The tally for parts I hadn’t planned on is:

a new chain
a new bottom bracket
a new headset

None of these parts are overly expensive, but since I don’t have an inventory of parts each one adds a few days to the project.  This is why builds almost always take longer than you would think.

And just to be complete, I haven’t disassembled the front and rear hubs, so there could be some surprises waiting there too.  Oh well, I’m hoping not to be foolishly optimistic, but it would be great to just clean up and regrease the hubs and have everything work as it’s supposed to.

Just don’t bet on it.  Unless you like long odds.

Picked up the Lemond Zurich frameset

Got to Duane’s a little early on Sunday, but he was waiting and had the frame ready to go. It looks just great with a fresh coat of clear over everything.  The candy blue was tricky to match, but Duane did a great job and the touchups are very difficult to find.  I’ll have to do a good job with the build to match the frameset.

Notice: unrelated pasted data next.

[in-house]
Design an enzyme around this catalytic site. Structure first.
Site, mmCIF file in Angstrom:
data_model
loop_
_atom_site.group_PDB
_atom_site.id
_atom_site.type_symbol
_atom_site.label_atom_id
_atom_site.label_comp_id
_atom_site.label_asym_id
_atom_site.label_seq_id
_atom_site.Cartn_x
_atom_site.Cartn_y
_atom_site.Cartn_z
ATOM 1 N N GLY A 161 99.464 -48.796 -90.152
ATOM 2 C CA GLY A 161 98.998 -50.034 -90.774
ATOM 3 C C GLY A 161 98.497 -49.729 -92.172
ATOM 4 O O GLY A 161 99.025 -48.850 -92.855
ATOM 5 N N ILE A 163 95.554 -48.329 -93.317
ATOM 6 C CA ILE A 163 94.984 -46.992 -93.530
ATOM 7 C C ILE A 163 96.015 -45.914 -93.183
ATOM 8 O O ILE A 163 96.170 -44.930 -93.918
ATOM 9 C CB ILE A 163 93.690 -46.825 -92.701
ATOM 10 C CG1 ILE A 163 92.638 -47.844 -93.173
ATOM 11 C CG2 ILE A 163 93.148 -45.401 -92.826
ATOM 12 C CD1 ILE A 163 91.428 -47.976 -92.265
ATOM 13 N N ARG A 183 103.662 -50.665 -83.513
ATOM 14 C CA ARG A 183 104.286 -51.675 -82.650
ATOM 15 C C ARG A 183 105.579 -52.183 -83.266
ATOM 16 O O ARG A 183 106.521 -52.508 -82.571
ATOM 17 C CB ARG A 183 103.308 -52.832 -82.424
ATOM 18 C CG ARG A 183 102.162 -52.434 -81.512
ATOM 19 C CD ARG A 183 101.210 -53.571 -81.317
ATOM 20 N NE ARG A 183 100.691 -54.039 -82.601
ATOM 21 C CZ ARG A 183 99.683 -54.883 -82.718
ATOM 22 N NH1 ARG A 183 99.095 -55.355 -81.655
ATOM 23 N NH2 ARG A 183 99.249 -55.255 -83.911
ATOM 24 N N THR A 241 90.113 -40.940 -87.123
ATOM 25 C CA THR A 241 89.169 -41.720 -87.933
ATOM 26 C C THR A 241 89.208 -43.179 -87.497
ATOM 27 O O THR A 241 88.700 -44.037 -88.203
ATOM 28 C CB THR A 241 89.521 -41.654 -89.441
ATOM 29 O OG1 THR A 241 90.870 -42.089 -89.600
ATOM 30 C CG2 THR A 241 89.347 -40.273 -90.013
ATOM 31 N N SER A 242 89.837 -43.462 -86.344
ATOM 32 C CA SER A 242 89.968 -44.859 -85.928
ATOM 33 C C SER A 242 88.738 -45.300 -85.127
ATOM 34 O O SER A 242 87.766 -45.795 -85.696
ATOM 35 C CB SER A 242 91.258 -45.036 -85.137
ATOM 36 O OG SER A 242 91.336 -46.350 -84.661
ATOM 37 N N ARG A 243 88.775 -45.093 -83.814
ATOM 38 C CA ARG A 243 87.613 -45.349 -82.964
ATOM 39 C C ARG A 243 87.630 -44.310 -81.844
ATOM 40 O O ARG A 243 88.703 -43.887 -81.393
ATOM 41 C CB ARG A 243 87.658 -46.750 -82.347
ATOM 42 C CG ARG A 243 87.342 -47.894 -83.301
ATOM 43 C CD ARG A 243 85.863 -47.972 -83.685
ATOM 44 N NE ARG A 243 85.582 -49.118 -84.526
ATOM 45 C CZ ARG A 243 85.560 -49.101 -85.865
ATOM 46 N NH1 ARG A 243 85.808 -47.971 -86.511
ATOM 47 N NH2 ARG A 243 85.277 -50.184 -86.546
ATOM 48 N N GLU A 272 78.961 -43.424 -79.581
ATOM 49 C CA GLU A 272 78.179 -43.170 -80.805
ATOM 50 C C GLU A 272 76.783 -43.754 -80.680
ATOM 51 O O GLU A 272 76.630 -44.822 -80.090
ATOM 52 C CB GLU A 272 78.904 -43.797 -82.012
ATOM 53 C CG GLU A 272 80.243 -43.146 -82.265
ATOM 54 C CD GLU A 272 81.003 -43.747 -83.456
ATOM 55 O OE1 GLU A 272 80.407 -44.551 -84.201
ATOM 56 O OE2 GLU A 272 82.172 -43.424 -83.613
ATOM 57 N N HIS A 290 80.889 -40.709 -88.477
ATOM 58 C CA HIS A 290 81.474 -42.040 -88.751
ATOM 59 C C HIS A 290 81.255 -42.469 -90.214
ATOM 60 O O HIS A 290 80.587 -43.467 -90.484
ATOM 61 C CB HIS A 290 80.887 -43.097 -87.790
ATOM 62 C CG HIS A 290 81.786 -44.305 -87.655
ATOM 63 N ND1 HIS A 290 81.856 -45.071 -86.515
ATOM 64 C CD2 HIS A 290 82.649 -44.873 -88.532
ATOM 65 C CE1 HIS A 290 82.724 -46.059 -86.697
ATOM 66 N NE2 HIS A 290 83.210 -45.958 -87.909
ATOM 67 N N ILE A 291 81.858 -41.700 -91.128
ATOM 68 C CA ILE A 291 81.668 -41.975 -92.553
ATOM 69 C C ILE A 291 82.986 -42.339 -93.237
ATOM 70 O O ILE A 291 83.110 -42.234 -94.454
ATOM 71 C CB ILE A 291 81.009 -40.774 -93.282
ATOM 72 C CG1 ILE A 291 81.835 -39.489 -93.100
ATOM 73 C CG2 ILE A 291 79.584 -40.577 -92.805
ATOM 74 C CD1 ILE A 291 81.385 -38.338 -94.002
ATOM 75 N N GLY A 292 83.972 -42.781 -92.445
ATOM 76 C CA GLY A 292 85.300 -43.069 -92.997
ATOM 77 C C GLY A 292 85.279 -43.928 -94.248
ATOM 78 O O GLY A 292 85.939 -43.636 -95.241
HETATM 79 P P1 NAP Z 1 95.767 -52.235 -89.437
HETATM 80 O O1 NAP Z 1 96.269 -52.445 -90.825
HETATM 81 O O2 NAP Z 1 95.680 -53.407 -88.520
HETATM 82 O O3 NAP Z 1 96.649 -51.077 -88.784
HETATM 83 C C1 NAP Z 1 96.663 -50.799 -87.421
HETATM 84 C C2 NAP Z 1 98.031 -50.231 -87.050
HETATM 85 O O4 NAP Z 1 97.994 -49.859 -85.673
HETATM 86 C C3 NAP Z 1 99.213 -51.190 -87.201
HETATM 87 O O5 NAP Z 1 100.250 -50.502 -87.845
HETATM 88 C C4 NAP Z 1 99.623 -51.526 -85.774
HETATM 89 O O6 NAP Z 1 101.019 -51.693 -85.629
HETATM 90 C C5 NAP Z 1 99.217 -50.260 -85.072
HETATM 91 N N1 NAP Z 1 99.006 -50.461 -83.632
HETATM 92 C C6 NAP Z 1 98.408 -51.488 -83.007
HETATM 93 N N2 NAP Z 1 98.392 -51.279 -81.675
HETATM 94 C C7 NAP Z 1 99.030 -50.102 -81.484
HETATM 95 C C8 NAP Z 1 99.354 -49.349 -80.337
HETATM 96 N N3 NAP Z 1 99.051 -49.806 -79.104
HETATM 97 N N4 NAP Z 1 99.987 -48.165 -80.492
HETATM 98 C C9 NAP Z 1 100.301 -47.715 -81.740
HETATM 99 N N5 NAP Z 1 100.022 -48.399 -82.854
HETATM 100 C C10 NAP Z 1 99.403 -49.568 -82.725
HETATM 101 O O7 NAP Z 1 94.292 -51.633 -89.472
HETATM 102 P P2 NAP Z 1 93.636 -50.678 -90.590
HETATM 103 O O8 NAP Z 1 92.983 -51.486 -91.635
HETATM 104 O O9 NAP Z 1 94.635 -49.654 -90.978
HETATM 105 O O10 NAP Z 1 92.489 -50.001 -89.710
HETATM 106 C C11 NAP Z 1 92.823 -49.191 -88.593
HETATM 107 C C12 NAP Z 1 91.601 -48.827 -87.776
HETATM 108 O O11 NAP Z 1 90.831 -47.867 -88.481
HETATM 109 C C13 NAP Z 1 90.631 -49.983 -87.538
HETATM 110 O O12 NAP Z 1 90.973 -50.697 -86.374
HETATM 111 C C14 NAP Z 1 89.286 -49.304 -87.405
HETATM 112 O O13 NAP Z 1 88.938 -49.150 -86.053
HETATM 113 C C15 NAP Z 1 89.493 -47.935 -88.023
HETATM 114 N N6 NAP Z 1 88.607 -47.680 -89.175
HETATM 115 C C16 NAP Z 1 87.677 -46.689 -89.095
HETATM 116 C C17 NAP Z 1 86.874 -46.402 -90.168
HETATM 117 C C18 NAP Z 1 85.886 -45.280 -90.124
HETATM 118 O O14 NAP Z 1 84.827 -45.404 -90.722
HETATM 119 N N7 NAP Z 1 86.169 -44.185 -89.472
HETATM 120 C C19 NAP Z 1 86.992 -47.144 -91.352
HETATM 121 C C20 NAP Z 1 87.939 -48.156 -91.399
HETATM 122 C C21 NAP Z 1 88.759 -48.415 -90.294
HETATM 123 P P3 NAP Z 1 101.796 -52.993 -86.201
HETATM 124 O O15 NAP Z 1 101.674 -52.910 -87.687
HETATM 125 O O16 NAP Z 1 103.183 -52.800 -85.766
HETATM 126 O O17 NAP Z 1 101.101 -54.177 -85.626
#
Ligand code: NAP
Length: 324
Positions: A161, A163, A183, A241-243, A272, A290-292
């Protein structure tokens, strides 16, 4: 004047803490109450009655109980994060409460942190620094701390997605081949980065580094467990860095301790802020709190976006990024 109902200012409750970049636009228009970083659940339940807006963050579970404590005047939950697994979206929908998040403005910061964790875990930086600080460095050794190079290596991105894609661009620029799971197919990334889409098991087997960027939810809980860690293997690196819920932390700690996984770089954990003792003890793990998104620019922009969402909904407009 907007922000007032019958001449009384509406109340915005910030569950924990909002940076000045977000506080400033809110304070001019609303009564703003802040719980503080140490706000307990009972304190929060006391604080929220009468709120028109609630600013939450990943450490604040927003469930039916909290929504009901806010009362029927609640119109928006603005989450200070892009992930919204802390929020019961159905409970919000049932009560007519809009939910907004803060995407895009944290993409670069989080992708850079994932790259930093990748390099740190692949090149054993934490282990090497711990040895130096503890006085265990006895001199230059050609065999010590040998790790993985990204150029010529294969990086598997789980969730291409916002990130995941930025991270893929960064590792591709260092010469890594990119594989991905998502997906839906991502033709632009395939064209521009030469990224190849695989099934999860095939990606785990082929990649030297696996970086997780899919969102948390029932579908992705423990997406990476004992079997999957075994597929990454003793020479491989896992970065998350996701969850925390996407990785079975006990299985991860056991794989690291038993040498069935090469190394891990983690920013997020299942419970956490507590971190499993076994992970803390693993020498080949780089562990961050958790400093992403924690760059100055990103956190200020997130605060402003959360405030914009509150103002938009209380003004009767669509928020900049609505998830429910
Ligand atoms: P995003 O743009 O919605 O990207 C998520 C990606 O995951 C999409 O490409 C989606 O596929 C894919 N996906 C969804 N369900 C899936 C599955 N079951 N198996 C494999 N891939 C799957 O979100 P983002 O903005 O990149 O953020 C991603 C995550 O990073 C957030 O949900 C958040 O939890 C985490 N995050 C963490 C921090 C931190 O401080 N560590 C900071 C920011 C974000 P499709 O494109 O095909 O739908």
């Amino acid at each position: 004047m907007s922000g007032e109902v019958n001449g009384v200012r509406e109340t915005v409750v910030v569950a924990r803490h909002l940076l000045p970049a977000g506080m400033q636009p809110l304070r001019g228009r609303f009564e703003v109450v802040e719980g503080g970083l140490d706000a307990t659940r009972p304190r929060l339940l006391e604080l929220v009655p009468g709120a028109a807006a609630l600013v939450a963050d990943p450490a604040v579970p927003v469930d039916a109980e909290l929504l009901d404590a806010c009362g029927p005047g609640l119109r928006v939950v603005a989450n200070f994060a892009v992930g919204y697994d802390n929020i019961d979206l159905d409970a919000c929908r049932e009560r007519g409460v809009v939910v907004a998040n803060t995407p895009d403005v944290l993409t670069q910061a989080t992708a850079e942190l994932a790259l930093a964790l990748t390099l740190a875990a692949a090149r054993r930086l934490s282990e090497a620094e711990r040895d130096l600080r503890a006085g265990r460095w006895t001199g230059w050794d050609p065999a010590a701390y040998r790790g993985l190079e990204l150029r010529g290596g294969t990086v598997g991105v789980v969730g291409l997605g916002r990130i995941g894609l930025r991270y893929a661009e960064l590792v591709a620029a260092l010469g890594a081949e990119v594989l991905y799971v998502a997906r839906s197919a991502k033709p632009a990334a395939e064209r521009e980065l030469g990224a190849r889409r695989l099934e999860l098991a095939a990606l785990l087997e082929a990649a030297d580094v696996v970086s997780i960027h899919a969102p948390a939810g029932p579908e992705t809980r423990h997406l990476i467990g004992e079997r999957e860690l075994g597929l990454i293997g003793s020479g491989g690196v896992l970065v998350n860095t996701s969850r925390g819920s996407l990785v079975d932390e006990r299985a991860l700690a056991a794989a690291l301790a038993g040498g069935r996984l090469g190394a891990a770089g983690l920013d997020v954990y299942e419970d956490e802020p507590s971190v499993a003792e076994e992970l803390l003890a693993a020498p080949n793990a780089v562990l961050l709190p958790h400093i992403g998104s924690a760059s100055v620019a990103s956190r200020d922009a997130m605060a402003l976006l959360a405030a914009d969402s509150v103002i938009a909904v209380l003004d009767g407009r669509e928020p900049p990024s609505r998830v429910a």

Got the frameset home today, but I won’t get to it right away.  I’m in the middle of overhauling the Cannondale ST600, so I really need to finish that one up first.  it’s still in pieces, and I got the freewheel removal tool I needed and removed the freewheel.  I’m sending it off to the freewheel spa for a service, and while it’s away I’ll get the wheel bearings and hubs cleaned and regreased.  Then I can true the wheels and install the new tubes and tires.  Once the freewheel is back that will be the wheels complete.

Sounds like progress, slow but relentless (emphasis on slow).

Picking up the Lemond Zurich frame

I’m going to pick up the Lemond Zurich frame that has been touched up by Duane at  He has done this work for me on other frames and his work is superb.  I can’t wait to see it, and more so, I can’t wait to begin building this bike.

The frame is on the receiving end of a Campagnolo Chorus 3×10 group, all silver, which should work well and look great at the same time.  I really like the older Campy groups, the polished alloy parts in particular, and the fact that Campy is not as common as the more ubiquitous Shimano hardware.  All of the modern groups work quite well, and can even be mixed and matched to some degree and retain a high level of performance.  I just like Campy more, so that’s what I chose.  I’m not anti-Shimano or SRAM, I’m just pro-Campy.  I did just install a Shimano 1×11 drivetrain on my Giant XTC, so I don’t always choose Campy.  The right tool for the job, you know.